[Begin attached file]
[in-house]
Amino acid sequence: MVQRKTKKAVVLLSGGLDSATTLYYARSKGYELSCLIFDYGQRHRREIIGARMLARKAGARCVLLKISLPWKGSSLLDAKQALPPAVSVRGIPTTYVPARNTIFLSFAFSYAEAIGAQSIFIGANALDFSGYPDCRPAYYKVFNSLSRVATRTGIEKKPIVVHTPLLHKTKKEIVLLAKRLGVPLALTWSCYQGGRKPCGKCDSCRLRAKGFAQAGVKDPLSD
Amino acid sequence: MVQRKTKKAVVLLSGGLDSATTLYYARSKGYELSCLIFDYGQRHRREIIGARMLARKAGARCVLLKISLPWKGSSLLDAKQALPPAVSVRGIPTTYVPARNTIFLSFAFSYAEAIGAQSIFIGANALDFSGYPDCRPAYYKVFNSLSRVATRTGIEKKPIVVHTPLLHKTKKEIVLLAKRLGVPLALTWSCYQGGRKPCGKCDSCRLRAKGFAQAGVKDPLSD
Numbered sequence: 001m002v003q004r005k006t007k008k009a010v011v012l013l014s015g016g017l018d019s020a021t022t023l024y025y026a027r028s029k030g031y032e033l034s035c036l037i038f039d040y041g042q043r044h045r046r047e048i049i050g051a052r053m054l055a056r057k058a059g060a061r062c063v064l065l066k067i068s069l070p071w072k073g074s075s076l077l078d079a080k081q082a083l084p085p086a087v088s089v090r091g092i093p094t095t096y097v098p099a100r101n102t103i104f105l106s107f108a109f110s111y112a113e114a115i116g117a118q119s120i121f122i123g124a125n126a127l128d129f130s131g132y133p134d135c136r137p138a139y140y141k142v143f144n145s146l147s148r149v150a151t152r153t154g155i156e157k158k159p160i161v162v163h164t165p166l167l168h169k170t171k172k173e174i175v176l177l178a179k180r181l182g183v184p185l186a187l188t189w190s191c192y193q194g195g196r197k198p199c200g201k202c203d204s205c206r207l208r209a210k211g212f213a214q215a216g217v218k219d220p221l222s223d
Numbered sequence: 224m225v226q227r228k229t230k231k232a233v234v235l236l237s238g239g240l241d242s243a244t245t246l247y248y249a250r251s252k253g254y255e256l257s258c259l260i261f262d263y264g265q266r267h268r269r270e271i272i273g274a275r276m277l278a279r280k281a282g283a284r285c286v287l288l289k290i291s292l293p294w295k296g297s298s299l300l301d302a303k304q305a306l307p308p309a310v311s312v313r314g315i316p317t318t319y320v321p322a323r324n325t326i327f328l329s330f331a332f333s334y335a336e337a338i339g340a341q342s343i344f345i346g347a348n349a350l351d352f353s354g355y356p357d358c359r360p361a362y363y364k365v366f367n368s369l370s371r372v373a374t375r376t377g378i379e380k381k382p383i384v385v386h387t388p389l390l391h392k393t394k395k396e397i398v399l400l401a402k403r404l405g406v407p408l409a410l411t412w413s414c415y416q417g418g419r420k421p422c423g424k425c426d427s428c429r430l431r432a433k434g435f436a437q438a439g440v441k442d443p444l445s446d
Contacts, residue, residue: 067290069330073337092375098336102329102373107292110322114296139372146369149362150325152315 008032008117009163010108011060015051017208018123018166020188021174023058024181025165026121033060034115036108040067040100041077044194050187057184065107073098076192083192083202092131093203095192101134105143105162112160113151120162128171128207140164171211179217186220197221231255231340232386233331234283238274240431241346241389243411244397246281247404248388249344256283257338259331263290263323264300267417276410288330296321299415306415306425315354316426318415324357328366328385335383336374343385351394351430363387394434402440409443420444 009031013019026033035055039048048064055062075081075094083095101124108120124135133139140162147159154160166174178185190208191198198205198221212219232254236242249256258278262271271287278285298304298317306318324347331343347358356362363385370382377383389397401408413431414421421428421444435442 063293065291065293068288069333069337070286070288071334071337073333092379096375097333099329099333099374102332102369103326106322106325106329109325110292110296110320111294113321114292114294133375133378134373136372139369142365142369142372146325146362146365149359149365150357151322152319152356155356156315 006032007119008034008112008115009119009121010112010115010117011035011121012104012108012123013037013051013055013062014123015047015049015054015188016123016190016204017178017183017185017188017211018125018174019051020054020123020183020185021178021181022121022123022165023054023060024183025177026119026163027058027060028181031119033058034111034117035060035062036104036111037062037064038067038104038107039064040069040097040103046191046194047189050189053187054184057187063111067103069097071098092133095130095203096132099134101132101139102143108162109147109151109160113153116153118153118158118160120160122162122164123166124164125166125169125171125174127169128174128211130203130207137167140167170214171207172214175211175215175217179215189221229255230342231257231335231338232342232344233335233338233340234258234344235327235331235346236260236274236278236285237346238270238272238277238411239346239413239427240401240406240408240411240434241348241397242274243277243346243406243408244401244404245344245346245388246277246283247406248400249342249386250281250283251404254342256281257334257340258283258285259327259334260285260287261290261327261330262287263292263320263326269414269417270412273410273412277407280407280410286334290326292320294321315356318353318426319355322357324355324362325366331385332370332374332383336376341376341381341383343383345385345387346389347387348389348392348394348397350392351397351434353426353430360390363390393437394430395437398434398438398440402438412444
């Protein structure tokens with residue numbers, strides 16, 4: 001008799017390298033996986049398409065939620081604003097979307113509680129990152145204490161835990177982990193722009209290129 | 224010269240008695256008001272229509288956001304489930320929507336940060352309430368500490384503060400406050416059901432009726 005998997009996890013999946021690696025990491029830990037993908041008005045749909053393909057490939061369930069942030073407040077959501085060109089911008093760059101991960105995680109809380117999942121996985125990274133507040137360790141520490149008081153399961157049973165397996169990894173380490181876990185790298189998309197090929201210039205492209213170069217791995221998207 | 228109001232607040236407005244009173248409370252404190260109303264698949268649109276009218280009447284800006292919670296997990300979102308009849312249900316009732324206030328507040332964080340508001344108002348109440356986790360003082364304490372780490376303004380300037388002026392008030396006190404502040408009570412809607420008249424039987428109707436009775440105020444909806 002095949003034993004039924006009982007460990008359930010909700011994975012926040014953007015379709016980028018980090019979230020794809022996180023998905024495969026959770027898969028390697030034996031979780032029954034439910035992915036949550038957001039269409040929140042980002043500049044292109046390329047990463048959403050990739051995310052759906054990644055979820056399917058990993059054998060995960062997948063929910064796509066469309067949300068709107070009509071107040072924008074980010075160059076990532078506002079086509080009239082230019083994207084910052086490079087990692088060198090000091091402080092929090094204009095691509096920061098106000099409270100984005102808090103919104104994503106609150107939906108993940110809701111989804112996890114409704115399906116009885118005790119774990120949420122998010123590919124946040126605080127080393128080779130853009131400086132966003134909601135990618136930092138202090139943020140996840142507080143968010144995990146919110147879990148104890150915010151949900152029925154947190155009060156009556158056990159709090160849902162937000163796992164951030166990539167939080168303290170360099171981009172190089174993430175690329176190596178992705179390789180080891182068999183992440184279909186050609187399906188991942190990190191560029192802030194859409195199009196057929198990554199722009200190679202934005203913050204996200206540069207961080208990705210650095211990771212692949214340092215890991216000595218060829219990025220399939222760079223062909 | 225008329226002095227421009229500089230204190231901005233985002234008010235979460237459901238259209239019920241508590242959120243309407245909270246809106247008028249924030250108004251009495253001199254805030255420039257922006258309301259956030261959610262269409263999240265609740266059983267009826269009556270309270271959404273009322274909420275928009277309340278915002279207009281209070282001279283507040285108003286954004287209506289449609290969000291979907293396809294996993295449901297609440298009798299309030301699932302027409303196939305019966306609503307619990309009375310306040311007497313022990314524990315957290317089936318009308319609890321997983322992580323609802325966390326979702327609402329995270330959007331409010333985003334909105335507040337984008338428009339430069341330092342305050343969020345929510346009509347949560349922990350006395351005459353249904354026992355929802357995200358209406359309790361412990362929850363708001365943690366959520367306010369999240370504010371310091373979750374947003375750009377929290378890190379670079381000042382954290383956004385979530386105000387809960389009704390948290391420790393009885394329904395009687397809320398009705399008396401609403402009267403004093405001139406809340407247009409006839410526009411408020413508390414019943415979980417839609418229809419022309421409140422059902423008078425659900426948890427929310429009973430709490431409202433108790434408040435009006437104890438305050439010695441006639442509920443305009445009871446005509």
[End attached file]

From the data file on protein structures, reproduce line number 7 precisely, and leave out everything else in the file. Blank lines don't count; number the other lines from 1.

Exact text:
């Protein structure tokens with residue numbers, strides 16, 4: 001008799017390298033996986049398409065939620081604003097979307113509680129990152145204490161835990177982990193722009209290129 | 224010269240008695256008001272229509288956001304489930320929507336940060352309430368500490384503060400406050416059901432009726 005998997009996890013999946021690696025990491029830990037993908041008005045749909053393909057490939061369930069942030073407040077959501085060109089911008093760059101991960105995680109809380117999942121996985125990274133507040137360790141520490149008081153399961157049973165397996169990894173380490181876990185790298189998309197090929201210039205492209213170069217791995221998207 | 228109001232607040236407005244009173248409370252404190260109303264698949268649109276009218280009447284800006292919670296997990300979102308009849312249900316009732324206030328507040332964080340508001344108002348109440356986790360003082364304490372780490376303004380300037388002026392008030396006190404502040408009570412809607420008249424039987428109707436009775440105020444909806 002095949003034993004039924006009982007460990008359930010909700011994975012926040014953007015379709016980028018980090019979230020794809022996180023998905024495969026959770027898969028390697030034996031979780032029954034439910035992915036949550038957001039269409040929140042980002043500049044292109046390329047990463048959403050990739051995310052759906054990644055979820056399917058990993059054998060995960062997948063929910064796509066469309067949300068709107070009509071107040072924008074980010075160059076990532078506002079086509080009239082230019083994207084910052086490079087990692088060198090000091091402080092929090094204009095691509096920061098106000099409270100984005102808090103919104104994503106609150107939906108993940110809701111989804112996890114409704115399906116009885118005790119774990120949420122998010123590919124946040126605080127080393128080779130853009131400086132966003134909601135990618136930092138202090139943020140996840142507080143968010144995990146919110147879990148104890150915010151949900152029925154947190155009060156009556158056990159709090160849902162937000163796992164951030166990539167939080168303290170360099171981009172190089174993430175690329176190596178992705179390789180080891182068999183992440184279909186050609187399906188991942190990190191560029192802030194859409195199009196057929198990554199722009200190679202934005203913050204996200206540069207961080208990705210650095211990771212692949214340092215890991216000595218060829219990025220399939222760079223062909 | 225008329226002095227421009229500089230204190231901005233985002234008010235979460237459901238259209239019920241508590242959120243309407245909270246809106247008028249924030250108004251009495253001199254805030255420039257922006258309301259956030261959610262269409263999240265609740266059983267009826269009556270309270271959404273009322274909420275928009277309340278915002279207009281209070282001279283507040285108003286954004287209506289449609290969000291979907293396809294996993295449901297609440298009798299309030301699932302027409303196939305019966306609503307619990309009375310306040311007497313022990314524990315957290317089936318009308319609890321997983322992580323609802325966390326979702327609402329995270330959007331409010333985003334909105335507040337984008338428009339430069341330092342305050343969020345929510346009509347949560349922990350006395351005459353249904354026992355929802357995200358209406359309790361412990362929850363708001365943690366959520367306010369999240370504010371310091373979750374947003375750009377929290378890190379670079381000042382954290383956004385979530386105000387809960389009704390948290391420790393009885394329904395009687397809320398009705399008396401609403402009267403004093405001139406809340407247009409006839410526009411408020413508390414019943415979980417839609418229809419022309421409140422059902423008078425659900426948890427929310429009973430709490431409202433108790434408040435009006437104890438305050439010695441006639442509920443305009445009871446005509």